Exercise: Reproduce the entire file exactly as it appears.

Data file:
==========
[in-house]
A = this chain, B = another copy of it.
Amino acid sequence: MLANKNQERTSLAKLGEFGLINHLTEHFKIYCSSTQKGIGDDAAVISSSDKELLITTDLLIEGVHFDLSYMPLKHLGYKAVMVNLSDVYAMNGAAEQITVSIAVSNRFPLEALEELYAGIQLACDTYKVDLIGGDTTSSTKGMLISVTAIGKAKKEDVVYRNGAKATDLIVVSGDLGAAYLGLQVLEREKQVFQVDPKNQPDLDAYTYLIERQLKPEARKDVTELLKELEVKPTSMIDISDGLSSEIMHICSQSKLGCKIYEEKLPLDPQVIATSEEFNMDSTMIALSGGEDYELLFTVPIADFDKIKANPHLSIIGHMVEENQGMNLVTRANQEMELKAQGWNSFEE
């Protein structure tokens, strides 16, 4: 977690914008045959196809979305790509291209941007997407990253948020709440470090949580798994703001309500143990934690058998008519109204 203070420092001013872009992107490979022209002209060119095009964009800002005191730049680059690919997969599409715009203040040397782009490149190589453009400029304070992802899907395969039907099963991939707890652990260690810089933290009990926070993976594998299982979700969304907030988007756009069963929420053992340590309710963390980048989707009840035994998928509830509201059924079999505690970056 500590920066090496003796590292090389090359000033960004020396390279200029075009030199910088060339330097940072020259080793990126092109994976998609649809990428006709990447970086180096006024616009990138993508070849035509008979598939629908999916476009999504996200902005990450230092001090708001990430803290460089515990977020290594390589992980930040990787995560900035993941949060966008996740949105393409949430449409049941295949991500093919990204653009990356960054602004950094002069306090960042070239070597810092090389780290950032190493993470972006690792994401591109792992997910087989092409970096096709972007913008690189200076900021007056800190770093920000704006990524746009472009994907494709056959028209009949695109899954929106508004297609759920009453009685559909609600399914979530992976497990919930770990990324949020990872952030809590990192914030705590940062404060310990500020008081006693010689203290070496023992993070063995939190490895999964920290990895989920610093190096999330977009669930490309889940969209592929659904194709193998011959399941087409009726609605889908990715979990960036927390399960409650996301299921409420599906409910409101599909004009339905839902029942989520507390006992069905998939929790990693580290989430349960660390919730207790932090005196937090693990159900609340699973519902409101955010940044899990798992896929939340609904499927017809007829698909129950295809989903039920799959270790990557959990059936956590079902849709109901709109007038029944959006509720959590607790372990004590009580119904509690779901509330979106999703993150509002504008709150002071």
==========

[in-house]
A = this chain, B = another copy of it.
Amino acid sequence: MLANKNQERTSLAKLGEFGLINHLTEHFKIYCSSTQKGIGDDAAVISSSDKELLITTDLLIEGVHFDLSYMPLKHLGYKAVMVNLSDVYAMNGAAEQITVSIAVSNRFPLEALEELYAGIQLACDTYKVDLIGGDTTSSTKGMLISVTAIGKAKKEDVVYRNGAKATDLIVVSGDLGAAYLGLQVLEREKQVFQVDPKNQPDLDAYTYLIERQLKPEARKDVTELLKELEVKPTSMIDISDGLSSEIMHICSQSKLGCKIYEEKLPLDPQVIATSEEFNMDSTMIALSGGEDYELLFTVPIADFDKIKANPHLSIIGHMVEENQGMNLVTRANQEMELKAQGWNSFEE
């Protein structure tokens, strides 16, 4: 977690914008045959196809979305790509291209941007997407990253948020709440470090949580798994703001309500143990934690058998008519109204 203070420092001013872009992107490979022209002209060119095009964009800002005191730049680059690919997969599409715009203040040397782009490149190589453009400029304070992802899907395969039907099963991939707890652990260690810089933290009990926070993976594998299982979700969304907030988007756009069963929420053992340590309710963390980048989707009840035994998928509830509201059924079999505690970056 500590920066090496003796590292090389090359000033960004020396390279200029075009030199910088060339330097940072020259080793990126092109994976998609649809990428006709990447970086180096006024616009990138993508070849035509008979598939629908999916476009999504996200902005990450230092001090708001990430803290460089515990977020290594390589992980930040990787995560900035993941949060966008996740949105393409949430449409049941295949991500093919990204653009990356960054602004950094002069306090960042070239070597810092090389780290950032190493993470972006690792994401591109792992997910087989092409970096096709972007913008690189200076900021007056800190770093920000704006990524746009472009994907494709056959028209009949695109899954929106508004297609759920009453009685559909609600399914979530992976497990919930770990990324949020990872952030809590990192914030705590940062404060310990500020008081006693010689203290070496023992993070063995939190490895999964920290990895989920610093190096999330977009669930490309889940969209592929659904194709193998011959399941087409009726609605889908990715979990960036927390399960409650996301299921409420599906409910409101599909004009339905839902029942989520507390006992069905998939929790990693580290989430349960660390919730207790932090005196937090693990159900609340699973519902409101955010940044899990798992896929939340609904499927017809007829698909129950295809989903039920799959270790990557959990059936956590079902849709109901709109007038029944959006509720959590607790372990004590009580119904509690779901509330979106999703993150509002504008709150002071």